4 Benefits to Refinancing Student Loans After Graduation

Are you struggling to pay off your student loans? If the answer’s yes, you’re not alone. As of 2018, 69% of all college graduates had student loan debt, and the average loan amount was $29,800. In total, Americans owe more than $1.5 trillion dollars in student loans.

At Addition Financial, we have a lot of members who are paying student loans. One of the most common questions we hear is:

“Should I refinance my student loans?”

The truth is that, in many cases, refinancing is a great idea. There are some exceptions, but here are four significant benefits of refinancing your student loans.

#1: You May Qualify for a Lower Interest Rate

The first benefit of refinancing your student loans is that, if your credit is decent, you may be able to qualify for a lower interest rate than the one you have now. While a lower rate won’t save you money on the principal of your loan, it will reduce the total that you pay.

It’s important to note that this isn’t a guaranteed benefit. The interest rate you qualify for will depend on:

  • Your credit score
  • Your income
  • Your debt-to-income ratio

The best way to find out if you can save money with a lower interest rate is to apply for refinancing and see what you qualify for. Then, you can make an informed decision about whether to refinance your student loans.

#2: You May Be Able to Reduce Your Monthly Payments

Interest rates aren’t the only concern when you’re paying off one or more student loans. You also need to worry about the size of your monthly payment and how it fits in with your budget. If your current payment is stressing you out, it may be that refinancing can help you reduce your payment.

It’s possible that consolidating and refinancing your loans can save you money both in the short and long term. Here again, the size of your monthly payment will depend on several factors, including your principal balance, your credit score and your interest rate. Getting a quote will show you whether you can qualify for a lower monthly payment than the one you have now.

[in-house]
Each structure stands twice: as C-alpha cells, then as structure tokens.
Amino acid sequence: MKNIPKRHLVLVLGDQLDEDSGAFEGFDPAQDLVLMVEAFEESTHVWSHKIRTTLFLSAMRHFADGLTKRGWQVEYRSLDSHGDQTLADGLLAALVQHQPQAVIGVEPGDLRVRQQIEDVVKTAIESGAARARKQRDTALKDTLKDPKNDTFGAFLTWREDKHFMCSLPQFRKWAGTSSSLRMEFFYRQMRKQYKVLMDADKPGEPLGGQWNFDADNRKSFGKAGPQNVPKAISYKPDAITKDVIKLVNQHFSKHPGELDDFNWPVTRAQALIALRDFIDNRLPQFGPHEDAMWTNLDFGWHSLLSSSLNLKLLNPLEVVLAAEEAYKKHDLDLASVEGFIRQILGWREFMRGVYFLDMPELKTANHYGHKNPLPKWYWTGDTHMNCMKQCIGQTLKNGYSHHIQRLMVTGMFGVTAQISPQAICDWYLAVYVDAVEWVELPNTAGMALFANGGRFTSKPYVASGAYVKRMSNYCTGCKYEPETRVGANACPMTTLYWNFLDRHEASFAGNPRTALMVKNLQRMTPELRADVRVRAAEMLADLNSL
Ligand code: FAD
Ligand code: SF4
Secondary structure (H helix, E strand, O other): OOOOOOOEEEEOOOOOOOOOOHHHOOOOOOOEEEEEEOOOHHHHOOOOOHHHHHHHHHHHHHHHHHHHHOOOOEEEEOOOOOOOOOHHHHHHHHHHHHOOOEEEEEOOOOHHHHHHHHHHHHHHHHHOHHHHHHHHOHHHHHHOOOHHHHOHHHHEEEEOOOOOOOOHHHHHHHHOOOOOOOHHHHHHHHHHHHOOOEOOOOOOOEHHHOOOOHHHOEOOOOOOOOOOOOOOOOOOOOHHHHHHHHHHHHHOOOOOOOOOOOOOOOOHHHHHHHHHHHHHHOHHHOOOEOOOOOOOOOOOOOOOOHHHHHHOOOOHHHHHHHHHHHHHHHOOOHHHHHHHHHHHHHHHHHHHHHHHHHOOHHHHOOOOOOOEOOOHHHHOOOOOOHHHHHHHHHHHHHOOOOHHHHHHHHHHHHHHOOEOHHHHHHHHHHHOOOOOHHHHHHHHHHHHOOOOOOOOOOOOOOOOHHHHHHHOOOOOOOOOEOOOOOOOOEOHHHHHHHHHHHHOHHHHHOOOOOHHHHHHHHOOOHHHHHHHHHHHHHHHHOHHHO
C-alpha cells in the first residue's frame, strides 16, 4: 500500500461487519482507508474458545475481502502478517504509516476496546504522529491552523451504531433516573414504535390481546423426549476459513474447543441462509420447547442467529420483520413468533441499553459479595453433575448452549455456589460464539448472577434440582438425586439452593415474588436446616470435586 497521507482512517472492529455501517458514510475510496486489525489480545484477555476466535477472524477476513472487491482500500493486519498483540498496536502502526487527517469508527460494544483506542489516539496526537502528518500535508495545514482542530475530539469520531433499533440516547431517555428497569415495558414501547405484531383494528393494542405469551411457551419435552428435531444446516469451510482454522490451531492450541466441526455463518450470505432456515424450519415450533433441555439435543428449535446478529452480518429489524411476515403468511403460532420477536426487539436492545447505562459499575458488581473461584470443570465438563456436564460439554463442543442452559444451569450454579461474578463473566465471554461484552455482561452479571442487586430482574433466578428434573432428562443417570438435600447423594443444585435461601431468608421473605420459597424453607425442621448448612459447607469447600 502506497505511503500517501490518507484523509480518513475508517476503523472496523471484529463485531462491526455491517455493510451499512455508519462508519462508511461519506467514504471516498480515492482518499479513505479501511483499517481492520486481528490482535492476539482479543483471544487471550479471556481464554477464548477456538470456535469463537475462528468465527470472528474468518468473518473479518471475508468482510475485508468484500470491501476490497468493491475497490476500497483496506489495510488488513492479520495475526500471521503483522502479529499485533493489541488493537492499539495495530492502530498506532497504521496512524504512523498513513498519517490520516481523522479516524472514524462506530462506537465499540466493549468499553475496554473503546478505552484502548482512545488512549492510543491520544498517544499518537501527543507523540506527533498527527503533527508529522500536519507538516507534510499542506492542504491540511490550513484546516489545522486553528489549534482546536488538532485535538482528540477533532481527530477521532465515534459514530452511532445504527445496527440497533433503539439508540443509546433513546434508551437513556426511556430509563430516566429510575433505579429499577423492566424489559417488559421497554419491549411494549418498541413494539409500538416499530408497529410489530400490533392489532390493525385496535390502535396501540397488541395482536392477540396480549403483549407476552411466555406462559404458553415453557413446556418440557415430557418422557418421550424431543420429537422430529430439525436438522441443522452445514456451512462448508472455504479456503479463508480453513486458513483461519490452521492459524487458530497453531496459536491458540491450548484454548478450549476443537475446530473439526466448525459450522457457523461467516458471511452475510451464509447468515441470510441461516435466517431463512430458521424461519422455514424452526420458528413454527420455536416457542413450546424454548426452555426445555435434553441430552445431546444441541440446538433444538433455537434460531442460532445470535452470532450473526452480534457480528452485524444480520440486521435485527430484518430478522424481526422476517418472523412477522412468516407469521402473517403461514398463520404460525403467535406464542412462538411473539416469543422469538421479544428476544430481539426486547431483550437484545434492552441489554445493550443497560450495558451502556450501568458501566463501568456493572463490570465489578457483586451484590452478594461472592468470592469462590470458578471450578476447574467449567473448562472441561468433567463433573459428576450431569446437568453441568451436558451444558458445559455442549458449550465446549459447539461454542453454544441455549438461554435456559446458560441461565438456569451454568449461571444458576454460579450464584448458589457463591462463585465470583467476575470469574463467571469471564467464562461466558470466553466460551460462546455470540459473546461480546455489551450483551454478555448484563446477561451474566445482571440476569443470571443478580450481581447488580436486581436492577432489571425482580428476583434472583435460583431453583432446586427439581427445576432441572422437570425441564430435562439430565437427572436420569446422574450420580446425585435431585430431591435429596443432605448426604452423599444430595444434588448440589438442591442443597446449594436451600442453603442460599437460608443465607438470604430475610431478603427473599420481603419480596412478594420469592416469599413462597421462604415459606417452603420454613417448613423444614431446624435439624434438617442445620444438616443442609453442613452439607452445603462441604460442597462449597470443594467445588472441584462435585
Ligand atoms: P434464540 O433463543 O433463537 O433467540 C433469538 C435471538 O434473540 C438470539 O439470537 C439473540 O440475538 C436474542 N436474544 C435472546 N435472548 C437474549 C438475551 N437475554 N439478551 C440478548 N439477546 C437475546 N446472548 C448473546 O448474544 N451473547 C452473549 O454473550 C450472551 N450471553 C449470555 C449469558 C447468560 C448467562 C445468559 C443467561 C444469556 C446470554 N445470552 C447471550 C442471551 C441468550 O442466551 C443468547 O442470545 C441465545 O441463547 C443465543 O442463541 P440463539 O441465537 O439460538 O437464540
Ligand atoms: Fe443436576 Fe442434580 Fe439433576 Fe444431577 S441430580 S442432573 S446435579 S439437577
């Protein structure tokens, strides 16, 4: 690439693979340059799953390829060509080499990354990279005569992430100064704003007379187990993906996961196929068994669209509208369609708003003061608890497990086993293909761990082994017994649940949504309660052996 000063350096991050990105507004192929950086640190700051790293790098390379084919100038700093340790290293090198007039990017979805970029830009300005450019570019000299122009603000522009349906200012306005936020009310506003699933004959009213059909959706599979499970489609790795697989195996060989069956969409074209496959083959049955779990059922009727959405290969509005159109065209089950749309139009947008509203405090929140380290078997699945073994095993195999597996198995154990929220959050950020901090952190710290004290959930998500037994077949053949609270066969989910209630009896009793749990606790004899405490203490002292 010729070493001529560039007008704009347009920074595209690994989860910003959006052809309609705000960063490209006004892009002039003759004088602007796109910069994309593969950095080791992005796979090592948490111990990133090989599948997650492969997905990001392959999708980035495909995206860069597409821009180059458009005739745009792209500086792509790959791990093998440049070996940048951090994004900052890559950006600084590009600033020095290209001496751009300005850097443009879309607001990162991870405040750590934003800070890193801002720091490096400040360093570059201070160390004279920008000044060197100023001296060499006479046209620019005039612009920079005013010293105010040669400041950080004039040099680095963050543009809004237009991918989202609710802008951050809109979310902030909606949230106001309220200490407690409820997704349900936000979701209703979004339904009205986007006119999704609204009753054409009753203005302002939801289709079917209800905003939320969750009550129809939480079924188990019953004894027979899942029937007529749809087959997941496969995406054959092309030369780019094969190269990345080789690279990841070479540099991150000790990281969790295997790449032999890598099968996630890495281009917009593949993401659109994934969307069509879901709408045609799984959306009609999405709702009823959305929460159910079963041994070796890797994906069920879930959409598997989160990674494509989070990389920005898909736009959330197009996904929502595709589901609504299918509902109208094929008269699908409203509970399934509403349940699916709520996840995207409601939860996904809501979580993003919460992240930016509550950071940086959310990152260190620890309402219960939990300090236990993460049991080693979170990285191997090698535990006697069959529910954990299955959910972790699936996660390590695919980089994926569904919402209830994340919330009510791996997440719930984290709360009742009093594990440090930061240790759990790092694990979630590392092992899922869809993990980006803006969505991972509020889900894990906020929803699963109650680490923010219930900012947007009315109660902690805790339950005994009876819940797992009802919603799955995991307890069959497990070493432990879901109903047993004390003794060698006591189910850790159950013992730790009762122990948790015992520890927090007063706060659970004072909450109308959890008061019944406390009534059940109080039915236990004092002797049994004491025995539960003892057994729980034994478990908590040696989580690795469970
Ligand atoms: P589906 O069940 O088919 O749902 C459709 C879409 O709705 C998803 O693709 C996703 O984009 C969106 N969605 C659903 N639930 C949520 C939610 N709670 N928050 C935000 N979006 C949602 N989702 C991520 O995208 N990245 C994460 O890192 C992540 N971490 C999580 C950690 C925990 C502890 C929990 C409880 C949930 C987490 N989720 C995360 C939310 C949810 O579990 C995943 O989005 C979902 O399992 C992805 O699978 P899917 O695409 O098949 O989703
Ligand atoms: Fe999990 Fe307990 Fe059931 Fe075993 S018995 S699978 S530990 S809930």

#3: You May Be Able to Pay Off Your Loan More Quickly

It can be frustrating to look to the future and realize that you’ll be paying off your student loans for years to come – especially if you’ve got a high balance. Carrying a big student loan balance can impact your ability to buy a new car or a new home.

The good news? Refinancing those student loans might help you pay them off more quickly. With the potential of a lower interest rate, you might be able to pay a little extra each month. The key here is to talk to your lender and make sure that if you pay extra, it’ll be put toward the principal of the loan.

#4: Refinancing Student Loans Can Help You Plan for the Future

If you can qualify for a lower interest rate or a monthly payment – or both – then there are other benefits that come with refinancing your student loans.

A lower monthly payment or interest rate could help you:

  • Start a retirement fund
  • Save for a downpayment on a home
  • Buy a new car
  • Start your family

We recommend crunching the numbers before you sign on the dotted line. It’s important to know how much you can save and what your budget will allow before you move forward.

The Millennial Playbook to Paying off Debt & Saving for the Future

When Is It Not a Good Idea to Refinance Your Student Loans?

Refinancing is often the right choice for new college graduates, but not always. Here are a few scenarios when you’ll be better off not refinancing.

  1. You want access to federal repayment options. Currently, there are four income-based repayment options available. They go away if your switch your federal loan to a private loan.
  2. You want to have the option of applying for student loan forgiveness. Here again, refinancing with a private lender removes this option.
  3. You can’t qualify for an interest rate that’s significantly better. If you’re hoping to get a lower interest rate and can’t qualify, there’s not much point in refinancing. Your best bet is to table the option for now – leaving federal repayment and loan forgiveness open – and work on improving your credit score before you try again.
  4. You won’t reduce your monthly payment by much. If your primary goal is to save money on your monthly payment, a small reduction won’t make much difference. You can leave your loan alone and try to refinance again in the future, leaving your federal options open.

Refinancing isn’t right for everybody. Crunching the numbers and going through the application process will help you figure out if it’s right for you. Refinancing student loans is a good option for many people. It can potentially help you save money both now and in the long run – helping you step into the future with minimal debt.

Ready to learn how Addition Financial can help with student loan refinancing? Click here to learn more!

Topics:

College